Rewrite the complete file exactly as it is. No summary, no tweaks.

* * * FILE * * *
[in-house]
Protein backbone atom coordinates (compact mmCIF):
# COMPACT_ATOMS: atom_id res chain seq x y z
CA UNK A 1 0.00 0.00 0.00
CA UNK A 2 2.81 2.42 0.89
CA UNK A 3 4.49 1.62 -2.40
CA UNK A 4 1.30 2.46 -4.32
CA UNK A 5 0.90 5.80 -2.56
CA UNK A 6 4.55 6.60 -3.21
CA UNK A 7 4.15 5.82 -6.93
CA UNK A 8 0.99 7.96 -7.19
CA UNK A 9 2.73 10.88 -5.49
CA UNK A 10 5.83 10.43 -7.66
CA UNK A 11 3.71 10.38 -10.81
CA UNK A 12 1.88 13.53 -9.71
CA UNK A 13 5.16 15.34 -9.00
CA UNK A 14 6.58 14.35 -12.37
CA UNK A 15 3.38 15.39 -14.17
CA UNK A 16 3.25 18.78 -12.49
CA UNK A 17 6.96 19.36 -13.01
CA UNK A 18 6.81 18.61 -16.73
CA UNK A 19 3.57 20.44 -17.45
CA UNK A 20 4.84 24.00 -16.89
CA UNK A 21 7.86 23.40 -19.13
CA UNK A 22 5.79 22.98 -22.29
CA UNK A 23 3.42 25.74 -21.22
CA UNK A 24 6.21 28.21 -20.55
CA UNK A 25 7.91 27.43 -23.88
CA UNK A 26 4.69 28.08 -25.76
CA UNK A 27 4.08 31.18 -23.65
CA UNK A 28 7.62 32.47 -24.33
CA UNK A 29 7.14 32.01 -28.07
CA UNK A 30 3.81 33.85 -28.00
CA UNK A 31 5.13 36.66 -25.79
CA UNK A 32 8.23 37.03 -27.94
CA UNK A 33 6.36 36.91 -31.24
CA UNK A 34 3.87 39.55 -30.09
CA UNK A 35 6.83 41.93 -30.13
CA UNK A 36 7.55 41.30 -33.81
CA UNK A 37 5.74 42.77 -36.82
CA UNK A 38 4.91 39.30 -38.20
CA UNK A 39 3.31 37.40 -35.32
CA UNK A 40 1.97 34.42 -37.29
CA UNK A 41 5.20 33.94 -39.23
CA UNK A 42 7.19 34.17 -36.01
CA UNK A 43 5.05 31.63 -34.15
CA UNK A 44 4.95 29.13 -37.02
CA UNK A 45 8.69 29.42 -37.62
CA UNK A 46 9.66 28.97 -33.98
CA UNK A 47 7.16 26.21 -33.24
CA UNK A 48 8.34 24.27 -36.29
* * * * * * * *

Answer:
[in-house]
Protein backbone atom coordinates (compact mmCIF):
# COMPACT_ATOMS: atom_id res chain seq x y z
CA UNK A 1 0.00 0.00 0.00
CA UNK A 2 2.81 2.42 0.89
CA UNK A 3 4.49 1.62 -2.40
CA UNK A 4 1.30 2.46 -4.32
CA UNK A 5 0.90 5.80 -2.56
CA UNK A 6 4.55 6.60 -3.21
CA UNK A 7 4.15 5.82 -6.93
CA UNK A 8 0.99 7.96 -7.19
CA UNK A 9 2.73 10.88 -5.49
CA UNK A 10 5.83 10.43 -7.66
CA UNK A 11 3.71 10.38 -10.81
CA UNK A 12 1.88 13.53 -9.71
CA UNK A 13 5.16 15.34 -9.00
CA UNK A 14 6.58 14.35 -12.37
CA UNK A 15 3.38 15.39 -14.17
CA UNK A 16 3.25 18.78 -12.49
CA UNK A 17 6.96 19.36 -13.01
CA UNK A 18 6.81 18.61 -16.73
CA UNK A 19 3.57 20.44 -17.45
CA UNK A 20 4.84 24.00 -16.89
CA UNK A 21 7.86 23.40 -19.13
CA UNK A 22 5.79 22.98 -22.29
CA UNK A 23 3.42 25.74 -21.22
CA UNK A 24 6.21 28.21 -20.55
CA UNK A 25 7.91 27.43 -23.88
CA UNK A 26 4.69 28.08 -25.76
CA UNK A 27 4.08 31.18 -23.65
CA UNK A 28 7.62 32.47 -24.33
CA UNK A 29 7.14 32.01 -28.07
CA UNK A 30 3.81 33.85 -28.00
CA UNK A 31 5.13 36.66 -25.79
CA UNK A 32 8.23 37.03 -27.94
CA UNK A 33 6.36 36.91 -31.24
CA UNK A 34 3.87 39.55 -30.09
CA UNK A 35 6.83 41.93 -30.13
CA UNK A 36 7.55 41.30 -33.81
CA UNK A 37 5.74 42.77 -36.82
CA UNK A 38 4.91 39.30 -38.20
CA UNK A 39 3.31 37.40 -35.32
CA UNK A 40 1.97 34.42 -37.29
CA UNK A 41 5.20 33.94 -39.23
CA UNK A 42 7.19 34.17 -36.01
CA UNK A 43 5.05 31.63 -34.15
CA UNK A 44 4.95 29.13 -37.02
CA UNK A 45 8.69 29.42 -37.62
CA UNK A 46 9.66 28.97 -33.98
CA UNK A 47 7.16 26.21 -33.24
CA UNK A 48 8.34 24.27 -36.29